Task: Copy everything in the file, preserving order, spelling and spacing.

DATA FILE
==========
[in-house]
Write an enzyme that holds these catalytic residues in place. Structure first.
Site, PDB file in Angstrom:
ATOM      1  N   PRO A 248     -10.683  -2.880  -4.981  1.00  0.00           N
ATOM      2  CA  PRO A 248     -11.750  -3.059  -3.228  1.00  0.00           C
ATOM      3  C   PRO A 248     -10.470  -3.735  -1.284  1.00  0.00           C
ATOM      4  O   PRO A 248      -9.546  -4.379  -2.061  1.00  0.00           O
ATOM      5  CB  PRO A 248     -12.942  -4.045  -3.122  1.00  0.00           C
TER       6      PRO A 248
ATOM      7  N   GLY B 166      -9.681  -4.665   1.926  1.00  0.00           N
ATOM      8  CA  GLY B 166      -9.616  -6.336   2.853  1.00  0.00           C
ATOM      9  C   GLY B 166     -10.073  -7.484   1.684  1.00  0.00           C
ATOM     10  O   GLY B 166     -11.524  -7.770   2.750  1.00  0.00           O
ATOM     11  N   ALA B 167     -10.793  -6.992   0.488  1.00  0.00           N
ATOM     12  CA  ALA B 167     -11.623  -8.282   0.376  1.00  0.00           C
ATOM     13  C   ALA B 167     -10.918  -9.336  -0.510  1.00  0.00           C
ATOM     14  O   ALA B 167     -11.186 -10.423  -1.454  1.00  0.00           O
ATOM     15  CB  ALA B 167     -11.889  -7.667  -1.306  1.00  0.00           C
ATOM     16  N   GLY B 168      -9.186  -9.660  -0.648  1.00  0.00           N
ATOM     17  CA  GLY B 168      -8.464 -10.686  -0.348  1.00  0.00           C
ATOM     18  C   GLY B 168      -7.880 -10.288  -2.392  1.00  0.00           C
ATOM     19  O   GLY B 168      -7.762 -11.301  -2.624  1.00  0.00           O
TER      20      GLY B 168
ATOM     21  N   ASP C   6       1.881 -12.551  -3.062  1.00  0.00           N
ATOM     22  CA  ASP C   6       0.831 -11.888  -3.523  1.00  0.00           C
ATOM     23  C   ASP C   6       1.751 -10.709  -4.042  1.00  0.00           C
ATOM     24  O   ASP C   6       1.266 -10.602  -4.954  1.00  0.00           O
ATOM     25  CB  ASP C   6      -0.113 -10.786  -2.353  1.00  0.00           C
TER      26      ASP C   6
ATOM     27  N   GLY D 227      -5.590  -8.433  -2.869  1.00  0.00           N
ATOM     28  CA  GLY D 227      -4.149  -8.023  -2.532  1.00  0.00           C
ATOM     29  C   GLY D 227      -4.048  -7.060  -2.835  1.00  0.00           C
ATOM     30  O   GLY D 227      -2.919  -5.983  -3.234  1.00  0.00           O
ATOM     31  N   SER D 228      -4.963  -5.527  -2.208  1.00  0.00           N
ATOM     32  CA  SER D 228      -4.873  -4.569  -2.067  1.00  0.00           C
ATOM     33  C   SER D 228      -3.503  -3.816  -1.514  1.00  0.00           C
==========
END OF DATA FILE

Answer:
[in-house]
Write an enzyme that holds these catalytic residues in place. Structure first.
Site, PDB file in Angstrom:
ATOM      1  N   PRO A 248     -10.683  -2.880  -4.981  1.00  0.00           N
ATOM      2  CA  PRO A 248     -11.750  -3.059  -3.228  1.00  0.00           C
ATOM      3  C   PRO A 248     -10.470  -3.735  -1.284  1.00  0.00           C
ATOM      4  O   PRO A 248      -9.546  -4.379  -2.061  1.00  0.00           O
ATOM      5  CB  PRO A 248     -12.942  -4.045  -3.122  1.00  0.00           C
TER       6      PRO A 248
ATOM      7  N   GLY B 166      -9.681  -4.665   1.926  1.00  0.00           N
ATOM      8  CA  GLY B 166      -9.616  -6.336   2.853  1.00  0.00           C
ATOM      9  C   GLY B 166     -10.073  -7.484   1.684  1.00  0.00           C
ATOM     10  O   GLY B 166     -11.524  -7.770   2.750  1.00  0.00           O
ATOM     11  N   ALA B 167     -10.793  -6.992   0.488  1.00  0.00           N
ATOM     12  CA  ALA B 167     -11.623  -8.282   0.376  1.00  0.00           C
ATOM     13  C   ALA B 167     -10.918  -9.336  -0.510  1.00  0.00           C
ATOM     14  O   ALA B 167     -11.186 -10.423  -1.454  1.00  0.00           O
ATOM     15  CB  ALA B 167     -11.889  -7.667  -1.306  1.00  0.00           C
ATOM     16  N   GLY B 168      -9.186  -9.660  -0.648  1.00  0.00           N
ATOM     17  CA  GLY B 168      -8.464 -10.686  -0.348  1.00  0.00           C
ATOM     18  C   GLY B 168      -7.880 -10.288  -2.392  1.00  0.00           C
ATOM     19  O   GLY B 168      -7.762 -11.301  -2.624  1.00  0.00           O
TER      20      GLY B 168
ATOM     21  N   ASP C   6       1.881 -12.551  -3.062  1.00  0.00           N
ATOM     22  CA  ASP C   6       0.831 -11.888  -3.523  1.00  0.00           C
ATOM     23  C   ASP C   6       1.751 -10.709  -4.042  1.00  0.00           C
ATOM     24  O   ASP C   6       1.266 -10.602  -4.954  1.00  0.00           O
ATOM     25  CB  ASP C   6      -0.113 -10.786  -2.353  1.00  0.00           C
TER      26      ASP C   6
ATOM     27  N   GLY D 227      -5.590  -8.433  -2.869  1.00  0.00           N
ATOM     28  CA  GLY D 227      -4.149  -8.023  -2.532  1.00  0.00           C
ATOM     29  C   GLY D 227      -4.048  -7.060  -2.835  1.00  0.00           C
ATOM     30  O   GLY D 227      -2.919  -5.983  -3.234  1.00  0.00           O
ATOM     31  N   SER D 228      -4.963  -5.527  -2.208  1.00  0.00           N
ATOM     32  CA  SER D 228      -4.873  -4.569  -2.067  1.00  0.00           C
ATOM     33  C   SER D 228      -3.503  -3.816  -1.514  1.00  0.00           C